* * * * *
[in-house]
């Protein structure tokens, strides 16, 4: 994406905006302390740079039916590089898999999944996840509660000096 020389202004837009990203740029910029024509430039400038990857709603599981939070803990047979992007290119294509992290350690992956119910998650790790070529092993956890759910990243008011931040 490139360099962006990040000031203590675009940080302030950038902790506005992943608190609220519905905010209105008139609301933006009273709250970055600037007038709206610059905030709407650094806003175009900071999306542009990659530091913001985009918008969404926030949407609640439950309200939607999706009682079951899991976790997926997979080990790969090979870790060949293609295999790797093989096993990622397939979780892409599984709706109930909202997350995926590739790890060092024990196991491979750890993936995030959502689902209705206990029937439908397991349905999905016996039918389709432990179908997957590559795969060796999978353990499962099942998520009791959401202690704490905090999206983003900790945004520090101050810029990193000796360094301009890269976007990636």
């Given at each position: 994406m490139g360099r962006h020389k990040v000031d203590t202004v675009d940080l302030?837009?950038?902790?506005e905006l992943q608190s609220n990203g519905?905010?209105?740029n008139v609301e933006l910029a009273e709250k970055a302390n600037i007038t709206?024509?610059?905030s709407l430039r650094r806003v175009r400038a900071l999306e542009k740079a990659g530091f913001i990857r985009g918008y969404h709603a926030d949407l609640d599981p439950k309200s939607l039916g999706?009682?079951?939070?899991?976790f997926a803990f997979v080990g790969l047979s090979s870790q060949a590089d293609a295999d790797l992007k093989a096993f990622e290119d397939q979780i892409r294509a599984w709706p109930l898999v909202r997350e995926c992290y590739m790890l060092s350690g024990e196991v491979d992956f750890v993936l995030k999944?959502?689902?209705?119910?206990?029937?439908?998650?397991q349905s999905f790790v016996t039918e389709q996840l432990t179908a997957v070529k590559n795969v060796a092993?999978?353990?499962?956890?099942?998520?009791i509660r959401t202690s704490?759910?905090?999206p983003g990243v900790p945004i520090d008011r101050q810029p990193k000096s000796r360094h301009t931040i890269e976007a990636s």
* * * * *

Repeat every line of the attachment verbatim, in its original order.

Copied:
[in-house]
């Protein structure tokens, strides 16, 4: 994406905006302390740079039916590089898999999944996840509660000096 020389202004837009990203740029910029024509430039400038990857709603599981939070803990047979992007290119294509992290350690992956119910998650790790070529092993956890759910990243008011931040 490139360099962006990040000031203590675009940080302030950038902790506005992943608190609220519905905010209105008139609301933006009273709250970055600037007038709206610059905030709407650094806003175009900071999306542009990659530091913001985009918008969404926030949407609640439950309200939607999706009682079951899991976790997926997979080990790969090979870790060949293609295999790797093989096993990622397939979780892409599984709706109930909202997350995926590739790890060092024990196991491979750890993936995030959502689902209705206990029937439908397991349905999905016996039918389709432990179908997957590559795969060796999978353990499962099942998520009791959401202690704490905090999206983003900790945004520090101050810029990193000796360094301009890269976007990636």
């Given at each position: 994406m490139g360099r962006h020389k990040v000031d203590t202004v675009d940080l302030?837009?950038?902790?506005e905006l992943q608190s609220n990203g519905?905010?209105?740029n008139v609301e933006l910029a009273e709250k970055a302390n600037i007038t709206?024509?610059?905030s709407l430039r650094r806003v175009r400038a900071l999306e542009k740079a990659g530091f913001i990857r985009g918008y969404h709603a926030d949407l609640d599981p439950k309200s939607l039916g999706?009682?079951?939070?899991?976790f997926a803990f997979v080990g790969l047979s090979s870790q060949a590089d293609a295999d790797l992007k093989a096993f990622e290119d397939q979780i892409r294509a599984w709706p109930l898999v909202r997350e995926c992290y590739m790890l060092s350690g024990e196991v491979d992956f750890v993936l995030k999944?959502?689902?209705?119910?206990?029937?439908?998650?397991q349905s999905f790790v016996t039918e389709q996840l432990t179908a997957v070529k590559n795969v060796a092993?999978?353990?499962?956890?099942?998520?009791i509660r959401t202690s704490?759910?905090?999206p983003g990243v900790p945004i520090d008011r101050q810029p990193k000096s000796r360094h301009t931040i890269e976007a990636s």